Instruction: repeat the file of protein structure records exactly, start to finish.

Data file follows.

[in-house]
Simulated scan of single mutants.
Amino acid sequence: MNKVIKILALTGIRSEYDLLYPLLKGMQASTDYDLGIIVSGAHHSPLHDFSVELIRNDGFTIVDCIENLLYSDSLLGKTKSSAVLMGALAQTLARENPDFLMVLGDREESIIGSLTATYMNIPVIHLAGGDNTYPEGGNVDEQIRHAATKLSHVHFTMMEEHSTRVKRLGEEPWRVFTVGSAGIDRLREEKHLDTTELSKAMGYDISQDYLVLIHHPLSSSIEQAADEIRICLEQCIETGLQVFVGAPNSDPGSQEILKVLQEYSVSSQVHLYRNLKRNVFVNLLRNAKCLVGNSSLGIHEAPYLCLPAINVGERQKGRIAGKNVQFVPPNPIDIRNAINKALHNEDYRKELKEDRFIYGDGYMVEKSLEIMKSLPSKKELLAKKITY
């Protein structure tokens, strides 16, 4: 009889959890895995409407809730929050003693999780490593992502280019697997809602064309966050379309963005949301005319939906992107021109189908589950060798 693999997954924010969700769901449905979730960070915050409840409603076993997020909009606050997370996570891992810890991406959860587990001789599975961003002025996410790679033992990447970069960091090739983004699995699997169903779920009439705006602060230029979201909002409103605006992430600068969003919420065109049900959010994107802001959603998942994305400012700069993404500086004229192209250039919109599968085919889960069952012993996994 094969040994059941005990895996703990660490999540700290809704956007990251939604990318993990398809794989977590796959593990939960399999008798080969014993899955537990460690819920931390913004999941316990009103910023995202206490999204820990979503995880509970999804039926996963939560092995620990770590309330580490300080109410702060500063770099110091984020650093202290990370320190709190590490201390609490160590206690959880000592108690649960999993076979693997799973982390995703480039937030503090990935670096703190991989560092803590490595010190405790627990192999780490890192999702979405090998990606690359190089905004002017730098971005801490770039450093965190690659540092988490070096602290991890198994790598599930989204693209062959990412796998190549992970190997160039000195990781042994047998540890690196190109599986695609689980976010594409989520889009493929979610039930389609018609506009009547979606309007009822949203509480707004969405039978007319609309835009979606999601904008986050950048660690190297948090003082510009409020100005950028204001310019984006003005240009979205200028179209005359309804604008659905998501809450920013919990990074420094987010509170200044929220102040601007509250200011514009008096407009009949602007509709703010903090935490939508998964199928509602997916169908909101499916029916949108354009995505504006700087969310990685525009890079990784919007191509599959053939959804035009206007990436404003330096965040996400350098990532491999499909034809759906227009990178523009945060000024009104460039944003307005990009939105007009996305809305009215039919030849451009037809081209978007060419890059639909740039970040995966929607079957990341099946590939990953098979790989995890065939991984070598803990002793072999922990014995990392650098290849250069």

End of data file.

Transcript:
[in-house]
Simulated scan of single mutants.
Amino acid sequence: MNKVIKILALTGIRSEYDLLYPLLKGMQASTDYDLGIIVSGAHHSPLHDFSVELIRNDGFTIVDCIENLLYSDSLLGKTKSSAVLMGALAQTLARENPDFLMVLGDREESIIGSLTATYMNIPVIHLAGGDNTYPEGGNVDEQIRHAATKLSHVHFTMMEEHSTRVKRLGEEPWRVFTVGSAGIDRLREEKHLDTTELSKAMGYDISQDYLVLIHHPLSSSIEQAADEIRICLEQCIETGLQVFVGAPNSDPGSQEILKVLQEYSVSSQVHLYRNLKRNVFVNLLRNAKCLVGNSSLGIHEAPYLCLPAINVGERQKGRIAGKNVQFVPPNPIDIRNAINKALHNEDYRKELKEDRFIYGDGYMVEKSLEIMKSLPSKKELLAKKITY
């Protein structure tokens, strides 16, 4: 009889959890895995409407809730929050003693999780490593992502280019697997809602064309966050379309963005949301005319939906992107021109189908589950060798 693999997954924010969700769901449905979730960070915050409840409603076993997020909009606050997370996570891992810890991406959860587990001789599975961003002025996410790679033992990447970069960091090739983004699995699997169903779920009439705006602060230029979201909002409103605006992430600068969003919420065109049900959010994107802001959603998942994305400012700069993404500086004229192209250039919109599968085919889960069952012993996994 094969040994059941005990895996703990660490999540700290809704956007990251939604990318993990398809794989977590796959593990939960399999008798080969014993899955537990460690819920931390913004999941316990009103910023995202206490999204820990979503995880509970999804039926996963939560092995620990770590309330580490300080109410702060500063770099110091984020650093202290990370320190709190590490201390609490160590206690959880000592108690649960999993076979693997799973982390995703480039937030503090990935670096703190991989560092803590490595010190405790627990192999780490890192999702979405090998990606690359190089905004002017730098971005801490770039450093965190690659540092988490070096602290991890198994790598599930989204693209062959990412796998190549992970190997160039000195990781042994047998540890690196190109599986695609689980976010594409989520889009493929979610039930389609018609506009009547979606309007009822949203509480707004969405039978007319609309835009979606999601904008986050950048660690190297948090003082510009409020100005950028204001310019984006003005240009979205200028179209005359309804604008659905998501809450920013919990990074420094987010509170200044929220102040601007509250200011514009008096407009009949602007509709703010903090935490939508998964199928509602997916169908909101499916029916949108354009995505504006700087969310990685525009890079990784919007191509599959053939959804035009206007990436404003330096965040996400350098990532491999499909034809759906227009990178523009945060000024009104460039944003307005990009939105007009996305809305009215039919030849451009037809081209978007060419890059639909740039970040995966929607079957990341099946590939990953098979790989995890065939991984070598803990002793072999922990014995990392650098290849250069």